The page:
Elite unis warn foreign influence bill could harm international research
The Group of Eight has called on the government to put its bill for a foreign influence transparency scheme on hold. The bill was drafted at the end of the year and is being considered by the joint parliamentary committee on intelligence and security. It, “introduces registration obligations for persons or entities who have arrangements with, or undertake certain activities on behalf of, foreign principals. It is intended to provide transparency for the Australian Government and the Australian public about the forms and sources of foreign influence in Australia.”
However, the Group of Eight argues “the hastily-complied legislation” “could severely limit Australian academics in their capacity to carry out essential and mandated activities or even provide expert advice in the public domain in response to legitimate public interest.”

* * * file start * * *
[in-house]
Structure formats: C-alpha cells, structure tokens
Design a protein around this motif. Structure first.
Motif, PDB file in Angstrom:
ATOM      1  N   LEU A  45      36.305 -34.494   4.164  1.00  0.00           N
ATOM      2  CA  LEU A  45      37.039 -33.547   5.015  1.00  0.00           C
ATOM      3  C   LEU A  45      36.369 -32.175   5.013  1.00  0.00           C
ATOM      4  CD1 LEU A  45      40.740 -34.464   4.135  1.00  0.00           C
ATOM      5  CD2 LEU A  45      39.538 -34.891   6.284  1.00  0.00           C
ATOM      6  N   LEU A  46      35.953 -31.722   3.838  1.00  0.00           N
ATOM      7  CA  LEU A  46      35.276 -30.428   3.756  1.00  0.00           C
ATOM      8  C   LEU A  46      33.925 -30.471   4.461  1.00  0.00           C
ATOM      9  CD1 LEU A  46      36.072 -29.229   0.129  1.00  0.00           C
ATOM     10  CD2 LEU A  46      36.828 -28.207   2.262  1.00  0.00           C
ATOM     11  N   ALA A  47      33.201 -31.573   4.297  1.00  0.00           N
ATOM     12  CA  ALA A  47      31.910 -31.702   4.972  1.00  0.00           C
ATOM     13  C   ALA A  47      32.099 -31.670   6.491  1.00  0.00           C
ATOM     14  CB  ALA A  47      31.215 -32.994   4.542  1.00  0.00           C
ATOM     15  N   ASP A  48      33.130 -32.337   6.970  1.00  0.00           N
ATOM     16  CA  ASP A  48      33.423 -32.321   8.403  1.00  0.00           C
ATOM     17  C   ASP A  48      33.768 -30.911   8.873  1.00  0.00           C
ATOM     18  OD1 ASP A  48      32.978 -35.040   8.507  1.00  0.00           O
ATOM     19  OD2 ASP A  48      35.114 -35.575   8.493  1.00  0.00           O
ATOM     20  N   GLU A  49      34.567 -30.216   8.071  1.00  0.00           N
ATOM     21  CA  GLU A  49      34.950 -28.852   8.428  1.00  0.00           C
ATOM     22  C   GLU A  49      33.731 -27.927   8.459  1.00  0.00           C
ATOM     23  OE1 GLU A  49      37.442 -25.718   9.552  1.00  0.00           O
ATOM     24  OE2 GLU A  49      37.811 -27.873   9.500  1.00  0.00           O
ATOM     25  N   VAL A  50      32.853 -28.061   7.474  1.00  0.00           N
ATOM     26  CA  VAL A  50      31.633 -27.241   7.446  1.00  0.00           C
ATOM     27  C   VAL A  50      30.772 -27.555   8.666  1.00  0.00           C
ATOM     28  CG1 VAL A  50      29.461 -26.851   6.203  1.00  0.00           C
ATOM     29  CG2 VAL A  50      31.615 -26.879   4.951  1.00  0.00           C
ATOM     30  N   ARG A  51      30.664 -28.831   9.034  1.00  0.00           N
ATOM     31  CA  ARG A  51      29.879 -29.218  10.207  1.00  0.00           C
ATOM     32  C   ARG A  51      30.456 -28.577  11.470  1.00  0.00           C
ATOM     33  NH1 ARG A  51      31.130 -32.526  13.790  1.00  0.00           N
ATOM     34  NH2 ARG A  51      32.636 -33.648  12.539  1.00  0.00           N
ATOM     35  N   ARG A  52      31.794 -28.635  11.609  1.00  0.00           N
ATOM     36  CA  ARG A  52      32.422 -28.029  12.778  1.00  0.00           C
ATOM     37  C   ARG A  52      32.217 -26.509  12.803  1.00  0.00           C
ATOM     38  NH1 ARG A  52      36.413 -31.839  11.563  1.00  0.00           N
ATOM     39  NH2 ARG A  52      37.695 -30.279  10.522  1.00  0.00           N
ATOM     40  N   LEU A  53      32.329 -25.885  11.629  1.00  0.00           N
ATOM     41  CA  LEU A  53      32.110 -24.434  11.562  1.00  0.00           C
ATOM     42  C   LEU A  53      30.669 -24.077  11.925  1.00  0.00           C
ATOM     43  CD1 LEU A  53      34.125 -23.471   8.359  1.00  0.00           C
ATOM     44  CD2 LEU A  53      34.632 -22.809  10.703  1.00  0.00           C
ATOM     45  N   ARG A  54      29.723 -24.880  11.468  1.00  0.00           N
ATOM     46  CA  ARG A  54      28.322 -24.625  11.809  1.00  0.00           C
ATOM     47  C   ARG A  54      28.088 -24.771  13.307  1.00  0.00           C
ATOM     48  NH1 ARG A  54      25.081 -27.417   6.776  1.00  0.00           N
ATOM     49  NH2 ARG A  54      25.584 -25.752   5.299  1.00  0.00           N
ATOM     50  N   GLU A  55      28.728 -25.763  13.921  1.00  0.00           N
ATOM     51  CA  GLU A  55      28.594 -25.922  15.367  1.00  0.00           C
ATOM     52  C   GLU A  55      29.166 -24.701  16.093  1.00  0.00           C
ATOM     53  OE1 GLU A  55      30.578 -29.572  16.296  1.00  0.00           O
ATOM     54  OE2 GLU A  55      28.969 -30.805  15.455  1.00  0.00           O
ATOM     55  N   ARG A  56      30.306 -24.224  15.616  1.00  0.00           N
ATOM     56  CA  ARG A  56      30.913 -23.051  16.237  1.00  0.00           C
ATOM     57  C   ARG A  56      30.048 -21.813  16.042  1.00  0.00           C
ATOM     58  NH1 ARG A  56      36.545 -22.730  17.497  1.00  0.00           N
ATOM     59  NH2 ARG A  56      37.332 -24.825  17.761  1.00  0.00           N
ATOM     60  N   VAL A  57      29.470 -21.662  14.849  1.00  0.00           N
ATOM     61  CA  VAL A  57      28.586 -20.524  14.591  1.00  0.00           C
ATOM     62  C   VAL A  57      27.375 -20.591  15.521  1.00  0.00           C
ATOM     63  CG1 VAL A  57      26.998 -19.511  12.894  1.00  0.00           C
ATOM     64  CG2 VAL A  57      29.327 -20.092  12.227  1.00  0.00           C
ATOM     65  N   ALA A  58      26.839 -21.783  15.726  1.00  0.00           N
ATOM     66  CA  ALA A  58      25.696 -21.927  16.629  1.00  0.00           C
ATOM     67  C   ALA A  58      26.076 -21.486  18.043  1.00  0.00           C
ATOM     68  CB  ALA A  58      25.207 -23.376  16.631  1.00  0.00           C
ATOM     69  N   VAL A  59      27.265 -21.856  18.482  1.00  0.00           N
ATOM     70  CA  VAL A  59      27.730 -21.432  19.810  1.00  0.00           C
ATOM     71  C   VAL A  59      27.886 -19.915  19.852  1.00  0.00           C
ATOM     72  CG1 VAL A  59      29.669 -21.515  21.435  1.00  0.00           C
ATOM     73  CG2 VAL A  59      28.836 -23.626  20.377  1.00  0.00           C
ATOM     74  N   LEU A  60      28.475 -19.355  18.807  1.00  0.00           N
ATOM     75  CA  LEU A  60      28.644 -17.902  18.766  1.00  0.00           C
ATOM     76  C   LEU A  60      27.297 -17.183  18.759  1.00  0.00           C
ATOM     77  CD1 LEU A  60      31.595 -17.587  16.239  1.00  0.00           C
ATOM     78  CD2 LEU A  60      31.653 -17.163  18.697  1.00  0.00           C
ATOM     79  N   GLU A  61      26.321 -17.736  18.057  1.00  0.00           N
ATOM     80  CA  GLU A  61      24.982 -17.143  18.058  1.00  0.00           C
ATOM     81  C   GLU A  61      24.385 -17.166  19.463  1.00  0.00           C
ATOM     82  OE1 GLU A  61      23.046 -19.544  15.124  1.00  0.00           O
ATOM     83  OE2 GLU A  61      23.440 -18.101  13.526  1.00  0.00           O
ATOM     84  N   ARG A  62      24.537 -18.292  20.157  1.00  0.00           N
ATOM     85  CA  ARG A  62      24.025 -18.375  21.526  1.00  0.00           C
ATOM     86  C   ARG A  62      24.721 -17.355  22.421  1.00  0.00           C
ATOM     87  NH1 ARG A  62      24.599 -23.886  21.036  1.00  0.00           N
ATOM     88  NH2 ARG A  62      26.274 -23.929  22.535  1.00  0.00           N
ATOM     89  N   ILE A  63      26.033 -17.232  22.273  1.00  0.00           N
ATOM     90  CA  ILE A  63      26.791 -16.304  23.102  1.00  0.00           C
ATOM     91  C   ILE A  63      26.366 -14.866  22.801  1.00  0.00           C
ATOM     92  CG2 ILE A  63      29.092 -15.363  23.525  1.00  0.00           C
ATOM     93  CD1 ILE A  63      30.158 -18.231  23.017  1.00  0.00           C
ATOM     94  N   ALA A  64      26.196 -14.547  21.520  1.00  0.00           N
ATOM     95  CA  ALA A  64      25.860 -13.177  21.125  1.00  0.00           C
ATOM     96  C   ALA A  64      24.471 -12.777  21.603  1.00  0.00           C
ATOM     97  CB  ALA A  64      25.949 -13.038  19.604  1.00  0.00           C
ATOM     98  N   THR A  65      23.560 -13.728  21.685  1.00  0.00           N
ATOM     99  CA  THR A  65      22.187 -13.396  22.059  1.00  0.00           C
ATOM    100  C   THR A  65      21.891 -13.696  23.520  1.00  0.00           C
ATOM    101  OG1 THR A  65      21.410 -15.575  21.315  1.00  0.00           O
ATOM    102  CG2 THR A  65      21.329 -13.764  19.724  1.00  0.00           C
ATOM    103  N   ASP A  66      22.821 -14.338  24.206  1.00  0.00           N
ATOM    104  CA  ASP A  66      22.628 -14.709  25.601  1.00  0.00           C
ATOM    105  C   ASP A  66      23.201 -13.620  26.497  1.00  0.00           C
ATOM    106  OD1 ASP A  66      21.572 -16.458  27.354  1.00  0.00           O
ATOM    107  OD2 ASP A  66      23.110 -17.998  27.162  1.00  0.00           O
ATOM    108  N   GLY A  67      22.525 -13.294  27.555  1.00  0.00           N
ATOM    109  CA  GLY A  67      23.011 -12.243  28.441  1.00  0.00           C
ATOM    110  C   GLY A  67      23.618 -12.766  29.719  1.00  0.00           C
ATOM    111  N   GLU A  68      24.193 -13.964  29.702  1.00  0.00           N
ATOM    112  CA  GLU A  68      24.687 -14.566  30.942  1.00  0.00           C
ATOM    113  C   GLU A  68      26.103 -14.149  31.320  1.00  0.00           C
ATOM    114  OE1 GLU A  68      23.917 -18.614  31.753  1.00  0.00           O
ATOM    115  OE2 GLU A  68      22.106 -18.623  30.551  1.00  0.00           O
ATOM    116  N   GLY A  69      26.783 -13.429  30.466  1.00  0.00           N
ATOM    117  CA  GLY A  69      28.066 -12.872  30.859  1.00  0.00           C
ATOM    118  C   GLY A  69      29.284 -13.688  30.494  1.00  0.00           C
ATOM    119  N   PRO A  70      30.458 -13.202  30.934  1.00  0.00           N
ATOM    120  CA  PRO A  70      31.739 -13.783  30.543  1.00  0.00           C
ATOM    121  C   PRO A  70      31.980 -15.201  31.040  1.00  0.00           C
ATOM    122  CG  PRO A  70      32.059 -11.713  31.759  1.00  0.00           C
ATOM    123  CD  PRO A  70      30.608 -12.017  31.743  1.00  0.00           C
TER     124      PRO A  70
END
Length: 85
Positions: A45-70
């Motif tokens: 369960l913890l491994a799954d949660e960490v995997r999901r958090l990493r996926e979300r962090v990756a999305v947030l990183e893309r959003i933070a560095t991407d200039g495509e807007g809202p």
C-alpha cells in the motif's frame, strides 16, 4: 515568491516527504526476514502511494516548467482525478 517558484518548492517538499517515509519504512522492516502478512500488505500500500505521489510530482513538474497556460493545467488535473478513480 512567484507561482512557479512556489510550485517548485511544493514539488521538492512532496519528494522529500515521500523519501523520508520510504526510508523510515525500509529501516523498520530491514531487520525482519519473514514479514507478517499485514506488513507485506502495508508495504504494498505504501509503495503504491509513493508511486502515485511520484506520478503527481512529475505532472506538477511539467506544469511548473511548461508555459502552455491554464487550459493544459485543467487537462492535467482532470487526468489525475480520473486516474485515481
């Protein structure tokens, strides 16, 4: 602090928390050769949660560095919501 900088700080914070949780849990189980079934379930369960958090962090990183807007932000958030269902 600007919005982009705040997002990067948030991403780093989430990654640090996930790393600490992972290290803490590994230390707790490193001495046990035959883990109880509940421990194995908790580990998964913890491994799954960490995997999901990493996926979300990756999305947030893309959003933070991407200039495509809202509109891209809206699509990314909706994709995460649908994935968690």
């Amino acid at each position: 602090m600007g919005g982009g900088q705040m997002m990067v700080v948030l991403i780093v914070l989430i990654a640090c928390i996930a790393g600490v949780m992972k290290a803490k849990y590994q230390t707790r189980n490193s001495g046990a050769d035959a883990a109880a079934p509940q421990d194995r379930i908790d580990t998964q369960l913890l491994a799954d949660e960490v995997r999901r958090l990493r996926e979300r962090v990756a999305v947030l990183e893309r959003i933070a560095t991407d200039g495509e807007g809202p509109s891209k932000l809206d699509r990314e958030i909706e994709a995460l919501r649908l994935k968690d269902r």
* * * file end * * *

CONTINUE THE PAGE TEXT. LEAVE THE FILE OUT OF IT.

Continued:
The Go8 submission suggests that as now worded the bill could apply to; autonomous systems research being conducted by the University of Queensland and Boeing, Monash work with Janssen Biotech on rheumatoid arthritis and silicon solar cells being developed by ANU, UCal Berkeley and the Ecole Polytechnique Federale de Lausanne.
The Eight urges the committee to recommend a clause permitting “genuine academic activities,” “to ensure that the teaching, learning, research, collaboration, innovation, scholarship and social responsibility initiatives that underlie the effective operations of Australia’s democracy are not inadvertently harmed.”
IRU lobby ambivalent about Business Council Plan